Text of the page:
After delivering remarks detailing the financial mismanagement in the district related to building schools, leaky roofs, and putting air conditioning in gyms, newly elected Vice Chair Hensley said the board’s first business meeting would be to rectify those issues.
“North Moore, the days of you being ignored are over,” Hensley said.
The newly sworn-in members also gave some brief remarks.
Citing Article 9 of North Carolina’s Constitution, Davis remarked during the meeting that “religion, morality, and knowledge being necessary for good government and the happiness of mankind” and that she promised to do her best to support those ideals.
Benway thanked the voters for having confidence in him and said that the district has a “bright future” ahead of it.
“I want to want to thank everyone from the bottom of my heart,” Bruno told attendees of the ceremony. “You put us in these seats, and we are forever grateful. We are really going to work hard to listen to you to do what we promise and what the community expects of us.”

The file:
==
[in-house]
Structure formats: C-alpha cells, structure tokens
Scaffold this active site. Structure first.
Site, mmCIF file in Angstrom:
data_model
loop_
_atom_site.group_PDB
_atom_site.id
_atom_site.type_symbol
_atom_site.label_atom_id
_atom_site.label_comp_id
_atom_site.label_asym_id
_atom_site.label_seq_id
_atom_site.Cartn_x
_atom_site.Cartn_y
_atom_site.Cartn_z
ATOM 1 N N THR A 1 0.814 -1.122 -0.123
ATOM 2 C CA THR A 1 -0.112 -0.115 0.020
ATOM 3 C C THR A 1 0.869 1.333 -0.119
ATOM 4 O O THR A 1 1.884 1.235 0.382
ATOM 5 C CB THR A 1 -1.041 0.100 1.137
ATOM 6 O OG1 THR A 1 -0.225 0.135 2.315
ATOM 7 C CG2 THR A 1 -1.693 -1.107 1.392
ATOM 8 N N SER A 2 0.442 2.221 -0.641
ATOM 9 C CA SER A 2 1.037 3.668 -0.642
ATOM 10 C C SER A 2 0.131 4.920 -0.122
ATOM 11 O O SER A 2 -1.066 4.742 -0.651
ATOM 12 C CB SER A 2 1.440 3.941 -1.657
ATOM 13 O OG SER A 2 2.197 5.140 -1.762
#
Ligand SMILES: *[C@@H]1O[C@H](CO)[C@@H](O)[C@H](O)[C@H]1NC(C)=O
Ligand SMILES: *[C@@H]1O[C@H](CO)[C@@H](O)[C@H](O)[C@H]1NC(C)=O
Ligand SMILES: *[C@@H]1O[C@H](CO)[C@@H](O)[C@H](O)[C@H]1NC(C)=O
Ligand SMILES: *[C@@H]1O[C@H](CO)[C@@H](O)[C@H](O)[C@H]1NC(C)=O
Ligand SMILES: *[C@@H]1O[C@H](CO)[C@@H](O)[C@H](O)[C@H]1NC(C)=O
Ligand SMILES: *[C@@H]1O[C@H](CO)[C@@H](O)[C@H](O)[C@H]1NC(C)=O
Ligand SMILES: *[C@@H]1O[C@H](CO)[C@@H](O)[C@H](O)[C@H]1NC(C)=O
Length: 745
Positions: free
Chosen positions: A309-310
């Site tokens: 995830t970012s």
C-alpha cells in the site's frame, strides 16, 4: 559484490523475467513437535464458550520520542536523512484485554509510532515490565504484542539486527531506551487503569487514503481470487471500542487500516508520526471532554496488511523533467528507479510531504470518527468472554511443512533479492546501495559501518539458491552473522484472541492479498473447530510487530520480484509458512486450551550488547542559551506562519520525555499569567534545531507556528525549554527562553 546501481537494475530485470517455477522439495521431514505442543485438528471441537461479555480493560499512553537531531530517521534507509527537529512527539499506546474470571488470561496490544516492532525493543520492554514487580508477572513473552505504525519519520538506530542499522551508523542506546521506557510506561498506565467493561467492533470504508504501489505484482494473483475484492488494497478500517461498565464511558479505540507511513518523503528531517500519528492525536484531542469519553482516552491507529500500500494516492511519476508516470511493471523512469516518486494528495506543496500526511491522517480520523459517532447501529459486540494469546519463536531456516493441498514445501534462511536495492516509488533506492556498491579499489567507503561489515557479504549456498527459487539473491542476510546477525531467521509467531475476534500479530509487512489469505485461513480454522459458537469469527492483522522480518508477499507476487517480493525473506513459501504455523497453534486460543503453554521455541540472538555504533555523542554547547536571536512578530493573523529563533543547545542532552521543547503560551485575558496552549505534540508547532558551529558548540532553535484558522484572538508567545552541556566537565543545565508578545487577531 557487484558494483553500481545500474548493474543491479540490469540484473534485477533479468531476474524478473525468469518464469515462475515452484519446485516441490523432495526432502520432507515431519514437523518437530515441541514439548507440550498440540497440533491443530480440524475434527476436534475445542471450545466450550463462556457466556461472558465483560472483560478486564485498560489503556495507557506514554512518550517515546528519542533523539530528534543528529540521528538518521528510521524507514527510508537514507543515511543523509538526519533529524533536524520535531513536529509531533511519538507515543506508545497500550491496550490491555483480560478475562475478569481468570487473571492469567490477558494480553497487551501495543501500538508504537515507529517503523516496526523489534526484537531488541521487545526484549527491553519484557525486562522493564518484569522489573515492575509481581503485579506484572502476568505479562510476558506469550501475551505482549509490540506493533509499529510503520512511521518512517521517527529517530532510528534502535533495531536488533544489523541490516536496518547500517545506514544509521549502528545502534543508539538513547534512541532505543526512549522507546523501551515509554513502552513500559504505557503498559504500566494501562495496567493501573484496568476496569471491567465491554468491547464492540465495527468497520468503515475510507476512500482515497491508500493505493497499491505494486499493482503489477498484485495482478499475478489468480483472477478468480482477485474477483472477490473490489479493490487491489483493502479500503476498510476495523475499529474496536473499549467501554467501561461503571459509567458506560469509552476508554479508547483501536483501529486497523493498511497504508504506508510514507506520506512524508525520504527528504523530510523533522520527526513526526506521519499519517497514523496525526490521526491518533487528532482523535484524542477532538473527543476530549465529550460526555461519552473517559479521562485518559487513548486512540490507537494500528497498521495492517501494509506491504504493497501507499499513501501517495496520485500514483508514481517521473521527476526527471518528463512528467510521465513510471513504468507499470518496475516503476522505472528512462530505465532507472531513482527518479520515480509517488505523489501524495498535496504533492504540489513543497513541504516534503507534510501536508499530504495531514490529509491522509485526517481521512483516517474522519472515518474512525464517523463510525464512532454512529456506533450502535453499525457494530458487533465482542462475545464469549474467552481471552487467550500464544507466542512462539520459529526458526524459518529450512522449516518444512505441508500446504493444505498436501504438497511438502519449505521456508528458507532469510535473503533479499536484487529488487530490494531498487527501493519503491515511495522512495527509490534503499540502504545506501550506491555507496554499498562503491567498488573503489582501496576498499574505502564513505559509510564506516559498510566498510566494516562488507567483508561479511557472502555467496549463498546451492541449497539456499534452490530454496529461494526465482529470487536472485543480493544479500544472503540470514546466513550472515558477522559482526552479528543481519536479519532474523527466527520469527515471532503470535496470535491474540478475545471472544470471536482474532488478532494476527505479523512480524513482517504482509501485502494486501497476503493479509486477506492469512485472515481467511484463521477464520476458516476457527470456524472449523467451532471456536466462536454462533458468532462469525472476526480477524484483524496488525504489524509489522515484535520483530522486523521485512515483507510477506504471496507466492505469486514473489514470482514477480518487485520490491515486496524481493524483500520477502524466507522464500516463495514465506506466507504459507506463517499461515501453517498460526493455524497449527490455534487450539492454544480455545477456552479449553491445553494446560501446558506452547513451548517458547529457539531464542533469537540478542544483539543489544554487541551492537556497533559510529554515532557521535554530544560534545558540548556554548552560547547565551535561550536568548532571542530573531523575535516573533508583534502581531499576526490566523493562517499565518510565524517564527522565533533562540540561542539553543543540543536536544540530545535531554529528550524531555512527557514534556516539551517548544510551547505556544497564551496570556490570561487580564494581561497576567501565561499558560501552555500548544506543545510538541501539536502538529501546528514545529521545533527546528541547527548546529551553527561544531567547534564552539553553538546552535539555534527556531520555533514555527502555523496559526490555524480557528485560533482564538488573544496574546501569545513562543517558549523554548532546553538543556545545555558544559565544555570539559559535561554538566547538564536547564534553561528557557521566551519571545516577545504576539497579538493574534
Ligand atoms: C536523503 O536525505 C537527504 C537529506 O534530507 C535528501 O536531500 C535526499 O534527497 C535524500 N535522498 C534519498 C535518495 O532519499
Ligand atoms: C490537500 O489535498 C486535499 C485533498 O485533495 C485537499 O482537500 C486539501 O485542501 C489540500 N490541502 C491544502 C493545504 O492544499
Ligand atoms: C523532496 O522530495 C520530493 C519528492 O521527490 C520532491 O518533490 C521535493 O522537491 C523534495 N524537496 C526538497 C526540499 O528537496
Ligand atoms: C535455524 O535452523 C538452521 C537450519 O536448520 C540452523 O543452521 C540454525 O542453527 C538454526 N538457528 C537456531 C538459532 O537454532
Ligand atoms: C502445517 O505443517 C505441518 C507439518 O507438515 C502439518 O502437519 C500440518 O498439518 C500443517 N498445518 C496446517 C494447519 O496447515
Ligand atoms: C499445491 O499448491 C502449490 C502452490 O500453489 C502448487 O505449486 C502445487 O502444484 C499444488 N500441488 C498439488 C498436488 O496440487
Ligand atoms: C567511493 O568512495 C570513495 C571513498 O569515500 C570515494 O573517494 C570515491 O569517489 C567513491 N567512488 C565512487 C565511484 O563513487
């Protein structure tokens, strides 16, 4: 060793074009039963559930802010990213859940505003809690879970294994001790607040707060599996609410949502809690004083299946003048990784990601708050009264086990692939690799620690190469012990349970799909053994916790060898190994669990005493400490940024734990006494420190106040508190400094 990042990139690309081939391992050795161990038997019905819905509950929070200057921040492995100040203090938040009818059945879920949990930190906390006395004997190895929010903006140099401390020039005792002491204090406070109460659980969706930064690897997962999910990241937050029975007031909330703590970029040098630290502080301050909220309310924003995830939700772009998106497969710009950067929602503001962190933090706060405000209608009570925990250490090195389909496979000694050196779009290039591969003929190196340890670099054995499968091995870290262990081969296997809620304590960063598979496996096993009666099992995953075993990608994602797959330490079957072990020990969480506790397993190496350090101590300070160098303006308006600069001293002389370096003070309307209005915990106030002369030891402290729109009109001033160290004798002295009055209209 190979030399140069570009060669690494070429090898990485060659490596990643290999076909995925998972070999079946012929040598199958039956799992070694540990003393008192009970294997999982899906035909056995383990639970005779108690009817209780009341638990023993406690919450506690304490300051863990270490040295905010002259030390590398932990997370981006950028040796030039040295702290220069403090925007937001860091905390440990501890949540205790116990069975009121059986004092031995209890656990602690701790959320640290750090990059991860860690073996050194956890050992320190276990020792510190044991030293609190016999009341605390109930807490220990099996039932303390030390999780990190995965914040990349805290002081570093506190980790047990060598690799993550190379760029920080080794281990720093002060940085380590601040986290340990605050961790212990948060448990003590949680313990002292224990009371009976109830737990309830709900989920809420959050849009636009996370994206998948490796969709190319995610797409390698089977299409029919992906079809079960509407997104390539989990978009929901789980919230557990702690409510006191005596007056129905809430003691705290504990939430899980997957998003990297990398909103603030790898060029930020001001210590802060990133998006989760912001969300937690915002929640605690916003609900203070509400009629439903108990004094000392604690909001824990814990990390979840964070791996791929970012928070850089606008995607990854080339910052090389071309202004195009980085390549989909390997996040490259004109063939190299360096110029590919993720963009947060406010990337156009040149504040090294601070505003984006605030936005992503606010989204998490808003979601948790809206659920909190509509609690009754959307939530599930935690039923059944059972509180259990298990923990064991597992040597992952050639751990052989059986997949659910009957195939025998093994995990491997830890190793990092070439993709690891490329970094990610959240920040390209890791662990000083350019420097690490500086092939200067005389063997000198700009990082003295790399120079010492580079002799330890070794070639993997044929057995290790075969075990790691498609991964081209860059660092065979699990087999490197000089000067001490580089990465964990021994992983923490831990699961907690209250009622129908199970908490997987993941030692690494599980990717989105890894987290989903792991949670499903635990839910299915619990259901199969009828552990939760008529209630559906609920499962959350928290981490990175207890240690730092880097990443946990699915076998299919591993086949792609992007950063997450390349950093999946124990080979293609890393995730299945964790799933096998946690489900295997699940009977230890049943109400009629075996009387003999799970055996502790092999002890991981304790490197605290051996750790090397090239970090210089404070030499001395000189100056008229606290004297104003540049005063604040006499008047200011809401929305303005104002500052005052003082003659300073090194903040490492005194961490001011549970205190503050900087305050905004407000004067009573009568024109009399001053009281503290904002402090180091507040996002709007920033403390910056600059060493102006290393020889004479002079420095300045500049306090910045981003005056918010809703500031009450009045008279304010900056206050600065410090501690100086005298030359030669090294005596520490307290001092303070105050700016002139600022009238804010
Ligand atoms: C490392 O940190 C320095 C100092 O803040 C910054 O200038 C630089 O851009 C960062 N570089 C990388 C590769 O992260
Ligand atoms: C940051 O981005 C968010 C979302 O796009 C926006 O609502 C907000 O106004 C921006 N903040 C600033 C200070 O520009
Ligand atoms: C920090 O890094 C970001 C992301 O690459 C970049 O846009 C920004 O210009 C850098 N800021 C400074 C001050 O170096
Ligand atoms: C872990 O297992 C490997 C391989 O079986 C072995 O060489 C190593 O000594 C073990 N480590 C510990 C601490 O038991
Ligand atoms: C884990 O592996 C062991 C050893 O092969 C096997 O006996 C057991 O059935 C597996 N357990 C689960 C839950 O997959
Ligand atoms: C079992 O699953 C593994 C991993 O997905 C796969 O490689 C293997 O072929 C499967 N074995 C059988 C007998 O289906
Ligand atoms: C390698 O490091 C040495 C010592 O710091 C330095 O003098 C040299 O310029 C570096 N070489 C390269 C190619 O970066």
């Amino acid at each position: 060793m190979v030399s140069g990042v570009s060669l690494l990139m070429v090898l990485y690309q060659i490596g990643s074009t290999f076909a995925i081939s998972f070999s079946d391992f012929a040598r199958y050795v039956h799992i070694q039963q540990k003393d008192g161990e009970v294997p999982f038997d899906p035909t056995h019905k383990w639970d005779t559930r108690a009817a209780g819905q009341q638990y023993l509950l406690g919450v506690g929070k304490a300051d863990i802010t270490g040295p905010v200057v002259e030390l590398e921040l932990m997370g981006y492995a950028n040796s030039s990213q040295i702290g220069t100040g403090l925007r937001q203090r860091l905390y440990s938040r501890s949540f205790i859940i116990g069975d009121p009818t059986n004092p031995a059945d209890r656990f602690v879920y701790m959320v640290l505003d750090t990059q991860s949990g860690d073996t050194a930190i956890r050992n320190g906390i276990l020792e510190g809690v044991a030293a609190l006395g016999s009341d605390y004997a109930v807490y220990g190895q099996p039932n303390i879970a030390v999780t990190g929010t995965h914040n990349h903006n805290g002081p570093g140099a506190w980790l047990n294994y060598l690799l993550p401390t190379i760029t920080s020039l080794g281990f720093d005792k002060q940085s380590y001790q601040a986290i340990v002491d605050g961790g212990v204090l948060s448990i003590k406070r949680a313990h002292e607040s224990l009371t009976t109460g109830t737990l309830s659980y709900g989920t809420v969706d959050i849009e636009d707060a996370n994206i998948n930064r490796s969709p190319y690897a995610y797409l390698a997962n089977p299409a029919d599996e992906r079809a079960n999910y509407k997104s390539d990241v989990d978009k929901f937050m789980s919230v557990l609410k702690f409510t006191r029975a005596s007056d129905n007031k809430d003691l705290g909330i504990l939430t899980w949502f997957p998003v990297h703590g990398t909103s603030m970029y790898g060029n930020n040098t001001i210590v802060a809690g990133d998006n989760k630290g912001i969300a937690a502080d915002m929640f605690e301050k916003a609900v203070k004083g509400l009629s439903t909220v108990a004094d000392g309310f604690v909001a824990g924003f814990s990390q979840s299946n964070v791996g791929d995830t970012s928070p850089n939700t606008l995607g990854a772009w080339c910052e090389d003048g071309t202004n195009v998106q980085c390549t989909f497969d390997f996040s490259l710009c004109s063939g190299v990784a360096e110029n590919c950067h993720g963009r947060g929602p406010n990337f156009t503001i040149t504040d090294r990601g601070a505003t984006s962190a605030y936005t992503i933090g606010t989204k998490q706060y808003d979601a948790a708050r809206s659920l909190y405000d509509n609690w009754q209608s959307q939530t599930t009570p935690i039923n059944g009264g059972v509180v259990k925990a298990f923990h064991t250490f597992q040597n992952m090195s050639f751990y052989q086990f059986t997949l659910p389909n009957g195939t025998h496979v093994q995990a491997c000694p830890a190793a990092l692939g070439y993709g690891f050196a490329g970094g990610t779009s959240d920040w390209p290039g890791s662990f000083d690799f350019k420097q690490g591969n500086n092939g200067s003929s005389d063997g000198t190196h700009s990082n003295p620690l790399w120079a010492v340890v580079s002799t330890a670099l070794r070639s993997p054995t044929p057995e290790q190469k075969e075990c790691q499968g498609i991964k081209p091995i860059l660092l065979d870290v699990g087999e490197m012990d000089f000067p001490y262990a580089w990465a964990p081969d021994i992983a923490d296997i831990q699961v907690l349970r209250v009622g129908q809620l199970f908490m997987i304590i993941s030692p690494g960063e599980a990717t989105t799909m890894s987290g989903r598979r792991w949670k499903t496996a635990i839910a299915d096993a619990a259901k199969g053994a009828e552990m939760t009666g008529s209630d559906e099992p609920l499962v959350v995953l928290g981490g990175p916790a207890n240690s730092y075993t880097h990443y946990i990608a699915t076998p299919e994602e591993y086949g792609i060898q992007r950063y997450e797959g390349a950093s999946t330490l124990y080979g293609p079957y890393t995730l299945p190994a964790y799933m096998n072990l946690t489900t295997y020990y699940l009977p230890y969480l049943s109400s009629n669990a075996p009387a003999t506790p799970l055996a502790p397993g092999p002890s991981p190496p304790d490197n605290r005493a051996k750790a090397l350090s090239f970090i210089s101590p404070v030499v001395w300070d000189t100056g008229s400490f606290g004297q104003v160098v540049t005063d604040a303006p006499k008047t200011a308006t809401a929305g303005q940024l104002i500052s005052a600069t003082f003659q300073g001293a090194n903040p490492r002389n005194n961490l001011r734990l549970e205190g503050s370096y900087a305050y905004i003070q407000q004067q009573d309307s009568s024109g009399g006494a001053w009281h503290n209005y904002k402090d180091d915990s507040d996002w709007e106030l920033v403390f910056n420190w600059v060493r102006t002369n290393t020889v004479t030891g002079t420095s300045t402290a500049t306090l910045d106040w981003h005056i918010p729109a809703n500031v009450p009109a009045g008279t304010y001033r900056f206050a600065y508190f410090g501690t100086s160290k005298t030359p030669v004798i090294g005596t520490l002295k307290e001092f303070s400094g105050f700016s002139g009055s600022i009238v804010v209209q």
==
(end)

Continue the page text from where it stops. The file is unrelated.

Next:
She added, “We are all for the parents. We are all for your students.”
Davis was born in Pinehurst and remained in Moore County, where she homeschooled her three children, who are now ages 22, 17, and 14. She believes her extensive educational base of knowledge gained as a homeschooling mom will provide invaluable insight as a board member.
Davis’ candidate platform included preserving foundational American values, protecting students, parents, and teachers, supporting a culture of learning, and strengthening the community through education.
Davis beat Thompson in both election day and early voting turnout, even though Thompson led in absentee-by-mail voting. In the end, Davis won by an over 8 percent margin.
Thompson had been criticized in the past for attempts to include controversial “gender identity” ideology into certain MCS policies as well as for removing board member Bob Levy from the policy committee after he introduced a measure barring the use of Critical Race Theory from policies and instruction in Moore schools.